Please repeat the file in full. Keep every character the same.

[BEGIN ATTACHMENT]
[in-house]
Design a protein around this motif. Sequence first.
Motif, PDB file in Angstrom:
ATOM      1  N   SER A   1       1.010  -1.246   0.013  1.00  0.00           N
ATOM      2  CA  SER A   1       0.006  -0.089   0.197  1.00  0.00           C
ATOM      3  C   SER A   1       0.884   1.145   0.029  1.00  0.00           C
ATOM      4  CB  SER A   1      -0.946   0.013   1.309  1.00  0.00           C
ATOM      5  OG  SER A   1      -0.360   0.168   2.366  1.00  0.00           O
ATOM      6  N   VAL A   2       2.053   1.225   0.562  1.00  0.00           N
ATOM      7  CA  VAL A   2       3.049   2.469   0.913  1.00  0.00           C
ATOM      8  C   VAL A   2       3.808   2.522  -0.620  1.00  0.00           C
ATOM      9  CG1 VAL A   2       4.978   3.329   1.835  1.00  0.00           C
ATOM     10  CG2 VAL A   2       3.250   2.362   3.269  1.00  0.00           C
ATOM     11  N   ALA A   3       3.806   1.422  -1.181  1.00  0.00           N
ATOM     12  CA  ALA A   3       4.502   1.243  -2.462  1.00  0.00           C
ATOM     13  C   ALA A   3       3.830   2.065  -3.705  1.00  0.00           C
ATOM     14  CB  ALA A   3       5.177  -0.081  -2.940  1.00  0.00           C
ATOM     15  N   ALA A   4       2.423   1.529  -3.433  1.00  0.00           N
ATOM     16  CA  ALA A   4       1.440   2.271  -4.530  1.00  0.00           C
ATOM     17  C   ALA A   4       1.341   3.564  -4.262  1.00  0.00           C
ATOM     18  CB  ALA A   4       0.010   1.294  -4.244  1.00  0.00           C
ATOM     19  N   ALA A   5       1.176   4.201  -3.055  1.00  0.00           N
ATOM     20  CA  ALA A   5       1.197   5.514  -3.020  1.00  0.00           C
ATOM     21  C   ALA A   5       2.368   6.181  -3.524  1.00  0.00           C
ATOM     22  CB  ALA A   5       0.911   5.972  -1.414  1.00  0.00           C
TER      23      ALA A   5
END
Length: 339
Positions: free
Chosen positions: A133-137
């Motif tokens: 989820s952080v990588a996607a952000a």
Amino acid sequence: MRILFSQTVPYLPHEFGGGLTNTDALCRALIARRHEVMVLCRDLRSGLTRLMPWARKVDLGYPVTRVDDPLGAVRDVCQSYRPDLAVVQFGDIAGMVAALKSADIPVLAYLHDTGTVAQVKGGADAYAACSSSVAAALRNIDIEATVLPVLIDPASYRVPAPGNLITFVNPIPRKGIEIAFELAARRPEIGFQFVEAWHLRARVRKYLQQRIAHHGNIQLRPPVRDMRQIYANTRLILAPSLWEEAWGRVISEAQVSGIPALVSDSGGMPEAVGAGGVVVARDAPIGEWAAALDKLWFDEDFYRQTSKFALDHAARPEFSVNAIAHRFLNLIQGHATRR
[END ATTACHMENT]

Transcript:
[in-house]
Design a protein around this motif. Sequence first.
Motif, PDB file in Angstrom:
ATOM      1  N   SER A   1       1.010  -1.246   0.013  1.00  0.00           N
ATOM      2  CA  SER A   1       0.006  -0.089   0.197  1.00  0.00           C
ATOM      3  C   SER A   1       0.884   1.145   0.029  1.00  0.00           C
ATOM      4  CB  SER A   1      -0.946   0.013   1.309  1.00  0.00           C
ATOM      5  OG  SER A   1      -0.360   0.168   2.366  1.00  0.00           O
ATOM      6  N   VAL A   2       2.053   1.225   0.562  1.00  0.00           N
ATOM      7  CA  VAL A   2       3.049   2.469   0.913  1.00  0.00           C
ATOM      8  C   VAL A   2       3.808   2.522  -0.620  1.00  0.00           C
ATOM      9  CG1 VAL A   2       4.978   3.329   1.835  1.00  0.00           C
ATOM     10  CG2 VAL A   2       3.250   2.362   3.269  1.00  0.00           C
ATOM     11  N   ALA A   3       3.806   1.422  -1.181  1.00  0.00           N
ATOM     12  CA  ALA A   3       4.502   1.243  -2.462  1.00  0.00           C
ATOM     13  C   ALA A   3       3.830   2.065  -3.705  1.00  0.00           C
ATOM     14  CB  ALA A   3       5.177  -0.081  -2.940  1.00  0.00           C
ATOM     15  N   ALA A   4       2.423   1.529  -3.433  1.00  0.00           N
ATOM     16  CA  ALA A   4       1.440   2.271  -4.530  1.00  0.00           C
ATOM     17  C   ALA A   4       1.341   3.564  -4.262  1.00  0.00           C
ATOM     18  CB  ALA A   4       0.010   1.294  -4.244  1.00  0.00           C
ATOM     19  N   ALA A   5       1.176   4.201  -3.055  1.00  0.00           N
ATOM     20  CA  ALA A   5       1.197   5.514  -3.020  1.00  0.00           C
ATOM     21  C   ALA A   5       2.368   6.181  -3.524  1.00  0.00           C
ATOM     22  CB  ALA A   5       0.911   5.972  -1.414  1.00  0.00           C
TER      23      ALA A   5
END
Length: 339
Positions: free
Chosen positions: A133-137
């Motif tokens: 989820s952080v990588a996607a952000a």
Amino acid sequence: MRILFSQTVPYLPHEFGGGLTNTDALCRALIARRHEVMVLCRDLRSGLTRLMPWARKVDLGYPVTRVDDPLGAVRDVCQSYRPDLAVVQFGDIAGMVAALKSADIPVLAYLHDTGTVAQVKGGADAYAACSSSVAAALRNIDIEATVLPVLIDPASYRVPAPGNLITFVNPIPRKGIEIAFELAARRPEIGFQFVEAWHLRARVRKYLQQRIAHHGNIQLRPPVRDMRQIYANTRLILAPSLWEEAWGRVISEAQVSGIPALVSDSGGMPEAVGAGGVVVARDAPIGEWAAALDKLWFDEDFYRQTSKFALDHAARPEFSVNAIAHRFLNLIQGHATRR